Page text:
Sandbags. It was an unusual picture. Brian* had been a student at the time. Just one among the vast crowds of young people at Urbana, the InterVarsity/USA missions conference. And there God spoke to him. He gave Brian a vision for using his life to share his faith. The picture he had was of people piling up sandbags to deal with a flood, but there was one area where no one was working. If I can go anywhere to share my faith, why not go where no one else is going? he thought. And so the idea of serving among Muslim people was planted in Brian’s mind.
A short-term mission trip to Bosnia, a Muslim-majority country, confirmed it. Brian found he could relate to Muslim people well, and he enjoyed their company. Living among them and sharing his faith seemed more doable. Before, the concept of Islam had been an empty void to him. Now it had a face.
Surprises in store
Brian ended up settling in France with his young family, to serve with GBU, the IFES movement there. A large part of his time was spent reaching out to Muslim students and helping GBU students to do the same. It wasn’t easy. Being on staff didn’t make him immune from the usual fears of evangelism. Over the years that followed, Brian discovered a lot about sharing the gospel with Muslim students. And he was often surprised.
Coffee and questions
Brian and his wife set out for the campus one cold morning, armed with flasks of coffee to hand out, and a question: would you be interested in joining our Bible/Quran discussion group? One of the Muslim students they met that day was particularly keen to come along. Why? That very morning he’d been wondering what the differences were between the Bible and the Quran. He was delighted to meet someone offering him the opportunity to find out – along with a free coffee!
Time and again, Brian found that Muslim students were often happy to talk about faith matters, and to receive prayer. In fact, they were often disappointed to find that westerners – including Christians – were usually reluctant to talk about those kinds of things.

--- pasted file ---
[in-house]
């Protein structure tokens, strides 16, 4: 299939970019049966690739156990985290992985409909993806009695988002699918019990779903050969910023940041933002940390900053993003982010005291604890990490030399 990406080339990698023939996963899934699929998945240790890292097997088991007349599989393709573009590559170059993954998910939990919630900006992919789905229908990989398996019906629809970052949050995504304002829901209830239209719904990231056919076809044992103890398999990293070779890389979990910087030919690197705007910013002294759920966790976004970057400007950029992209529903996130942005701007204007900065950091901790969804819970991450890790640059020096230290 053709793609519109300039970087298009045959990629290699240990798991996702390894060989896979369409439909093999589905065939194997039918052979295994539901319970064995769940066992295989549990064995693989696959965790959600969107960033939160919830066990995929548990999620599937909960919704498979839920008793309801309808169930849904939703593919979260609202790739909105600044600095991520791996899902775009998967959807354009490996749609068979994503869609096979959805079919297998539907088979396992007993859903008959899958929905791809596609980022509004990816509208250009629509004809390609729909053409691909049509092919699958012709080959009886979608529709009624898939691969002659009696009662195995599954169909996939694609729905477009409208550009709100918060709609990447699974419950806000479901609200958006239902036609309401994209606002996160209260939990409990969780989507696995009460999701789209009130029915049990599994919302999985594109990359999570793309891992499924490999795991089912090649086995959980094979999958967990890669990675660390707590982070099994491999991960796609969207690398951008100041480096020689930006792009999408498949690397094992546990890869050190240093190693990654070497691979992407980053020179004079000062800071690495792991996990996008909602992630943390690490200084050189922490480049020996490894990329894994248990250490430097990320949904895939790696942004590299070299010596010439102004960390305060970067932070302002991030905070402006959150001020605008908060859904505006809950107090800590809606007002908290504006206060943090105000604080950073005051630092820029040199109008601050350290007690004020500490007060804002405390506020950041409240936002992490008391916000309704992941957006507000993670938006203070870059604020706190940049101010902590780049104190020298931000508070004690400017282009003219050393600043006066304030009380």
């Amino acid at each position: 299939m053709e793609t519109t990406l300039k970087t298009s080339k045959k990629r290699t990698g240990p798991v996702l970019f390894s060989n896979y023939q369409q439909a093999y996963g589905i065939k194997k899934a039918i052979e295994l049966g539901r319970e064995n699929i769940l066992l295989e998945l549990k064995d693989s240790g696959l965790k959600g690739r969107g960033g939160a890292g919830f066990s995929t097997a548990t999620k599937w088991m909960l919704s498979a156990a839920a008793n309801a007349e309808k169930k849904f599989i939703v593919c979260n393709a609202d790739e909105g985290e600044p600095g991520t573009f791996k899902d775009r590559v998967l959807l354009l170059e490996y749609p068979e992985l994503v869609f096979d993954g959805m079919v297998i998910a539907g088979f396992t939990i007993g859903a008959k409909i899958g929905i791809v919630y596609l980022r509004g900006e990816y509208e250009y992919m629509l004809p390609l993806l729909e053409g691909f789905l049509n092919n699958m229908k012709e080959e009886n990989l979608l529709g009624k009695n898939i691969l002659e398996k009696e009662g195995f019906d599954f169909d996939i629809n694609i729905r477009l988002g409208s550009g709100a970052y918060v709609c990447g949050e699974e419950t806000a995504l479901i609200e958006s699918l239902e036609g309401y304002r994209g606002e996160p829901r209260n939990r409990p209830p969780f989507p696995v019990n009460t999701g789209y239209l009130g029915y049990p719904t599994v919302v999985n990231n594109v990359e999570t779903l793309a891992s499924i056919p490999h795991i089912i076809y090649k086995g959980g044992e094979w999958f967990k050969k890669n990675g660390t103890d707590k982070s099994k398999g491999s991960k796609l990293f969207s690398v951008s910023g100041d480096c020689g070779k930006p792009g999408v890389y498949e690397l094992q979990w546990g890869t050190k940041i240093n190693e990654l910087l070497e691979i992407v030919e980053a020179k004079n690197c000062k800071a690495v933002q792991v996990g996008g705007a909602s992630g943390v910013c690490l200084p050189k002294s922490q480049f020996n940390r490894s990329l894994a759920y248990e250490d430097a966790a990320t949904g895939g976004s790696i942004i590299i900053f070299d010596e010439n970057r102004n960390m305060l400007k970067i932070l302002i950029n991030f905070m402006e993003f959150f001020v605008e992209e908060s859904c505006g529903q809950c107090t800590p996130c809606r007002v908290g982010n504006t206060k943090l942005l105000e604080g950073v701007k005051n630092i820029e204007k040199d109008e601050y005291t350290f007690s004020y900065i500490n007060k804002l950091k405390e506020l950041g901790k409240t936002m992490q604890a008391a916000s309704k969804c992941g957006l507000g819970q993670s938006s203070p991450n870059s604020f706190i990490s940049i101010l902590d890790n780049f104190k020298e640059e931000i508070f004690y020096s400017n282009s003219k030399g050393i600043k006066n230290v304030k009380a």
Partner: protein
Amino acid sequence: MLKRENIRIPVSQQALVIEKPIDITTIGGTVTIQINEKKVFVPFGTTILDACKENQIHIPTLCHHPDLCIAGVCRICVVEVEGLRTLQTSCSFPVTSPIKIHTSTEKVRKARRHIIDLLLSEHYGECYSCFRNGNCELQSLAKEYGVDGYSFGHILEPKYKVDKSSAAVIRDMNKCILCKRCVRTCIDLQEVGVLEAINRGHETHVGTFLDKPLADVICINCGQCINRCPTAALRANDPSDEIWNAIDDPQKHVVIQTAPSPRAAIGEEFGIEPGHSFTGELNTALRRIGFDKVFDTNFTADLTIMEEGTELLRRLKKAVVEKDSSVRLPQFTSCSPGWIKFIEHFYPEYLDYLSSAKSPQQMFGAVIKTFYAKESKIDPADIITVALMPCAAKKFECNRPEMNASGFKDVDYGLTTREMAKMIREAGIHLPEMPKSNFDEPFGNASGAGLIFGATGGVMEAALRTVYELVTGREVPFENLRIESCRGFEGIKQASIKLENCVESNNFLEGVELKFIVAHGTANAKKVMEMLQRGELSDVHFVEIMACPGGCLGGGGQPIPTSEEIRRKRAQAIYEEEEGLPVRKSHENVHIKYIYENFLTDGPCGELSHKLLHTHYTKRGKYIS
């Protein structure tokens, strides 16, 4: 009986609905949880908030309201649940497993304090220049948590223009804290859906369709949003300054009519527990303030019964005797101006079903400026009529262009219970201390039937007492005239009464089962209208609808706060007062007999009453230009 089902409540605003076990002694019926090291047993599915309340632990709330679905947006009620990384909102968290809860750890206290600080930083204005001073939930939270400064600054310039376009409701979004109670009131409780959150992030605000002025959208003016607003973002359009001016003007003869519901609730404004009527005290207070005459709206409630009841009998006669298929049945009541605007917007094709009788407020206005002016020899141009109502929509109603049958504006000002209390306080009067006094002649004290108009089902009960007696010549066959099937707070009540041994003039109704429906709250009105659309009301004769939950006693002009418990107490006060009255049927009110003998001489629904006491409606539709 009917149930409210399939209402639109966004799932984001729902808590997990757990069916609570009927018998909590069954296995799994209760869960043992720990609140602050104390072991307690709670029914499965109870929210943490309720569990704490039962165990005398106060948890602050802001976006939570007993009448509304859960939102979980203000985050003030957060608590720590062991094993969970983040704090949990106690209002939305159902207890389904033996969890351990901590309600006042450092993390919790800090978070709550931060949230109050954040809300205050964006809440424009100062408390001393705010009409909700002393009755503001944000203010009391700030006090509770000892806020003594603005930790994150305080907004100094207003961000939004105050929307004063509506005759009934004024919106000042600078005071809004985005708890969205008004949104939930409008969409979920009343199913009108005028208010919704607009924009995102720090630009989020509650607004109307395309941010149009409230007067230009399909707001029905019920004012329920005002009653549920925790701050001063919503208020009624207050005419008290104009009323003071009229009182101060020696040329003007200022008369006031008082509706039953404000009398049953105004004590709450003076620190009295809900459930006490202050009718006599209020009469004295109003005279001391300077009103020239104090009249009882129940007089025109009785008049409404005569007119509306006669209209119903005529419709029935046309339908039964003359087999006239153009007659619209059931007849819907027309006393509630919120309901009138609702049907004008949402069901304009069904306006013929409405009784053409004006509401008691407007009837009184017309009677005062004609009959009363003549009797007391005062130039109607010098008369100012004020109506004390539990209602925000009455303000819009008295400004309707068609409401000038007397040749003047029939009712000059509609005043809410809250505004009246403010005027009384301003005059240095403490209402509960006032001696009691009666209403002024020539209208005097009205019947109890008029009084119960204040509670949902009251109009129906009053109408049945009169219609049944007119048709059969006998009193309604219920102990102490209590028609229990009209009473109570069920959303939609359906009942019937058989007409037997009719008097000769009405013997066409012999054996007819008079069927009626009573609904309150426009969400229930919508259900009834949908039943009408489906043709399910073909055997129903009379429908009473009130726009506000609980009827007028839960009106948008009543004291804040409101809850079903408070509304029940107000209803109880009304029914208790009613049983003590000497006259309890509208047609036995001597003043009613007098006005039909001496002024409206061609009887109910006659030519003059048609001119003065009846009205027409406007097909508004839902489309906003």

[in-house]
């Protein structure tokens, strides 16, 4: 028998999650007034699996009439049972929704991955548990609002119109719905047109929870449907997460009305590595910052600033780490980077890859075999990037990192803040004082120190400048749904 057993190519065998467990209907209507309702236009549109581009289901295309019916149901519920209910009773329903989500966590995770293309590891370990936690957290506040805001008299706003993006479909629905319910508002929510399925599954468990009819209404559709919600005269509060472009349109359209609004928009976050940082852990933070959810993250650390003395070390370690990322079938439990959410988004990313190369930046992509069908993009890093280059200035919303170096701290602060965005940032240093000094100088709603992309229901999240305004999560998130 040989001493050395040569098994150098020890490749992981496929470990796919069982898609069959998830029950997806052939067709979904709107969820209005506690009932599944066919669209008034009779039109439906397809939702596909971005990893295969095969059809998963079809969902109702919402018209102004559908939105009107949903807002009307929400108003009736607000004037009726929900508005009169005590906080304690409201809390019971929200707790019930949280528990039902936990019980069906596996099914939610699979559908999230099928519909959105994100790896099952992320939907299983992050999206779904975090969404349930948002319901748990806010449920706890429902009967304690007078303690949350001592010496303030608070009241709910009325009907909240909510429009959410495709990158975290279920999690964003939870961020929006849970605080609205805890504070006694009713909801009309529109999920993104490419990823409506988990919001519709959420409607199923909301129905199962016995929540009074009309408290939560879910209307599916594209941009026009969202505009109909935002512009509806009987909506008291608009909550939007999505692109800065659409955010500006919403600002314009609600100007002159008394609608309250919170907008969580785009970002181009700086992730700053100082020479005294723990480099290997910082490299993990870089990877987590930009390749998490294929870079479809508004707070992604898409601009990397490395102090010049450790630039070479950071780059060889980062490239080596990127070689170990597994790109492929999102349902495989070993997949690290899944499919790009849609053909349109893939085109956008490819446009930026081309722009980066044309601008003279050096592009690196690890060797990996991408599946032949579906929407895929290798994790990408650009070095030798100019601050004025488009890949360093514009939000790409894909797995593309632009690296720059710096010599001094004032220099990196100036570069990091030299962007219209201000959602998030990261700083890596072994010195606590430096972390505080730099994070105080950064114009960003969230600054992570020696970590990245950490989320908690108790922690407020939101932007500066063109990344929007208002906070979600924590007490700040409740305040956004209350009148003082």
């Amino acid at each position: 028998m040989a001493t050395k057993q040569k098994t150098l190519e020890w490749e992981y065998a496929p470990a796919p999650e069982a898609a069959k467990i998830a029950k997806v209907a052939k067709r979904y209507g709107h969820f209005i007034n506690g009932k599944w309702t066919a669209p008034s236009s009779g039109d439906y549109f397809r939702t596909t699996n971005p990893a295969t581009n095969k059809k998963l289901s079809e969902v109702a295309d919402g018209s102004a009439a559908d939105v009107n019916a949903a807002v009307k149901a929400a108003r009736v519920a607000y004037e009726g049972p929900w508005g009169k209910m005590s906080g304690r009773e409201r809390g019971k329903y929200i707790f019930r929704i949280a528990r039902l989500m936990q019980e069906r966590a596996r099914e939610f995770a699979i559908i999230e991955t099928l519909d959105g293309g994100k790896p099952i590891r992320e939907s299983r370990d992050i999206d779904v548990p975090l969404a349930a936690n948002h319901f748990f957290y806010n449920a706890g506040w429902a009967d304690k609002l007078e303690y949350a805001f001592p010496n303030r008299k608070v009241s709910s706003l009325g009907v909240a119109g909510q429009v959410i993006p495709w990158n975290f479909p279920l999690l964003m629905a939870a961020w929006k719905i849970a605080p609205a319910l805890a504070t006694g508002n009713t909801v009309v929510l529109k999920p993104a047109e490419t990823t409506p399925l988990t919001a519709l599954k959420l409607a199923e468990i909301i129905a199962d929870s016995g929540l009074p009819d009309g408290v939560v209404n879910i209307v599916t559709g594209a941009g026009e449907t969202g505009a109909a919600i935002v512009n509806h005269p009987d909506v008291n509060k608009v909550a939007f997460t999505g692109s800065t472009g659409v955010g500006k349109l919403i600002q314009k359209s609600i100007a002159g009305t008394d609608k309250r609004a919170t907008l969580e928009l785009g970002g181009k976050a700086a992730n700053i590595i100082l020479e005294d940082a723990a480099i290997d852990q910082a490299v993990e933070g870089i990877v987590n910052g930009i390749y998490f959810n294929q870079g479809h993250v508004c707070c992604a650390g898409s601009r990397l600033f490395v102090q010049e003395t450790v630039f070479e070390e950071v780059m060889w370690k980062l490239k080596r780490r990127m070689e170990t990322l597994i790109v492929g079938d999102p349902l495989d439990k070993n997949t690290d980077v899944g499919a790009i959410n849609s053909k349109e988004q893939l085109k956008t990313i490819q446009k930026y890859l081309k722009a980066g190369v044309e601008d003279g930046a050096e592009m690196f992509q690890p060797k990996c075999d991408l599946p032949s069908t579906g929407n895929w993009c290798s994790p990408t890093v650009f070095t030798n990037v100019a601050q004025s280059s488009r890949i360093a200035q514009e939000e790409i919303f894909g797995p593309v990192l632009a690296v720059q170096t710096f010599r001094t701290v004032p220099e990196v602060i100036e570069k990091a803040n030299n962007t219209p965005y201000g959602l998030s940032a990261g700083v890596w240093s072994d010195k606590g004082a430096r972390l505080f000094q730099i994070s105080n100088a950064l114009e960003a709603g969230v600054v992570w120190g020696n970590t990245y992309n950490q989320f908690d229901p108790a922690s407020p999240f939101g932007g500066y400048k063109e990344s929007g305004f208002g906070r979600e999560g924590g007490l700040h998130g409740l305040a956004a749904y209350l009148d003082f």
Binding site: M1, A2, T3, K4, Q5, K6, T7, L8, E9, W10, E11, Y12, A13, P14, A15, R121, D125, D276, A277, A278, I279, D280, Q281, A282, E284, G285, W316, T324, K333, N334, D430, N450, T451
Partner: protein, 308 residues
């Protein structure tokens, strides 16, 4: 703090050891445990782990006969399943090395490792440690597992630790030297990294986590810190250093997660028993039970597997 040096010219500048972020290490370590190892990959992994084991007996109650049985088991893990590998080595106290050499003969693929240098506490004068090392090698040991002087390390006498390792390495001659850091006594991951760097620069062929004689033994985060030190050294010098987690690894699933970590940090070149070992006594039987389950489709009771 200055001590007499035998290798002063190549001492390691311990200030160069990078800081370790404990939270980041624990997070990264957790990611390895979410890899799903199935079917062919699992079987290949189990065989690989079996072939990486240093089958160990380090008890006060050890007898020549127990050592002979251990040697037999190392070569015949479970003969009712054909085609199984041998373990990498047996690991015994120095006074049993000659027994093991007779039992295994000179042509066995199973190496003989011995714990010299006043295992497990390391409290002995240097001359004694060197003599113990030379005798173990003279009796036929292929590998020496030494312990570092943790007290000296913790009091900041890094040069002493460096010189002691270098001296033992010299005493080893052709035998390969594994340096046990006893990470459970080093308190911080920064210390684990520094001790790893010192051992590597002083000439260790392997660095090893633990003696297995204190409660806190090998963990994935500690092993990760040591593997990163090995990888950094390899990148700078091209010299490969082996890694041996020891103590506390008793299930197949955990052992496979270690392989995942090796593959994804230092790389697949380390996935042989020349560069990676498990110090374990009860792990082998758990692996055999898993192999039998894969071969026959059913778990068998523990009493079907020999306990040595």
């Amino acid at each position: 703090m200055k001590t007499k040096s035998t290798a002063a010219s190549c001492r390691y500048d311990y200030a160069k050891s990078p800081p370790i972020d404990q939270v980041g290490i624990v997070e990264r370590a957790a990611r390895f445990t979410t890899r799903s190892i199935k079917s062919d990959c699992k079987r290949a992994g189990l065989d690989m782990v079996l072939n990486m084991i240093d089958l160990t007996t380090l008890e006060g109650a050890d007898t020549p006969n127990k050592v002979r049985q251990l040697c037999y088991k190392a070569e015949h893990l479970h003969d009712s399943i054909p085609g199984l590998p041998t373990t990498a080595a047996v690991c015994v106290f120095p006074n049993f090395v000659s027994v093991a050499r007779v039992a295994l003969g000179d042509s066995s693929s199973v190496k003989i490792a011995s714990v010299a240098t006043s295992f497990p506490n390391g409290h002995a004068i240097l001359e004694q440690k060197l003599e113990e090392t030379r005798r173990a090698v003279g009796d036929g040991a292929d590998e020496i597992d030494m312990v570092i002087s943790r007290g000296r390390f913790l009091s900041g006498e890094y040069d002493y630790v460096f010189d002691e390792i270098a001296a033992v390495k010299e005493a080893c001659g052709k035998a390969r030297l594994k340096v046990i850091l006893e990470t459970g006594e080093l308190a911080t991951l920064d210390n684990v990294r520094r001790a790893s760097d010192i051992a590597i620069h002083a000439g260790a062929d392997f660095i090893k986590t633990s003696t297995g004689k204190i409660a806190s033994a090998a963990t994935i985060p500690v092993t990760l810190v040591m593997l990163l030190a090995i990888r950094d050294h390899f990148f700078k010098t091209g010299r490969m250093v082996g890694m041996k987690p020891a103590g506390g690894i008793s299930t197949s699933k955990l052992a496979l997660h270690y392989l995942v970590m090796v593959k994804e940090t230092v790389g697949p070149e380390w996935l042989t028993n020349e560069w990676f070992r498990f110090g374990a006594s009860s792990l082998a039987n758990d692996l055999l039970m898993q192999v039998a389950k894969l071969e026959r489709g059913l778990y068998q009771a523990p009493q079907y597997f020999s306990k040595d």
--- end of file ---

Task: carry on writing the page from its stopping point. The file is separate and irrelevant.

While it was easy enough to get into a conversation with a Muslim student, their different worldview meant that Brian needed to learn a different approach in apologetics.
Take, for example, the commonly held Muslim belief that the Bible has been changed and corrupted. In a Western context, Brian would start by inviting the student to look at the evidence, say by studying the manuscripts, to prove that the Bible hasn’t been changed. But that approach, Brian found, fell flat on a listener with a Muslim worldview. One day he tried something else:
On hearing ‘the Bible has been changed’, Brian suddenly took a step away from the student. What are you doing? they asked. “I don’t want to be standing here if you get hit by lightning”, Brian replied. “What you’re saying is really serious. This is God’s Word. Are you saying God has allowed His Word to be changed?! May God protect you from what you’re saying right now.”
Brian’s dramatic approach worked. The student quickly changed his mind. Because as a Muslim he already understood that God is sovereign and unthwartable; there was no way He’d let His Word be changed.
Of course, helping a Muslim see that the Bible hasn’t been changed was not the end goal; it was just a helpful step along the way. Brian knew that the power to transform hearts is found in the Bible. That’s why he helped start up student-led Bible/Quran discussion groups, and loved to open the Bible with his Muslim friends. Sharing his faith and his life was not quick, easy, or obviously fruitful work. But it was obedient. And that’s all that mattered.
So what about us? Why should we bother to share the gospel with our Muslim classmates on campus? Brian reflected:
We don’t have a choice but to get on board with it. If we’re really committed to reaching every corner of campus, we have to be willing to engage all people. There are staff in IFES movements today who are former Muslims. We have to ‘believe forward’, trusting that these Muslim students might one day be faithfully serving God as well.
There are Christians today living in Iran, Tunisia, Kyrgyzstan and similar places. If they could, they would beg us to reach out to their fellow compatriots while we can. Immigrants and international students, visiting scholars. It’s probably their best chance to hear the gospel, and it’s an amazing way that we can partner with our persecuted brothers and sisters around the world.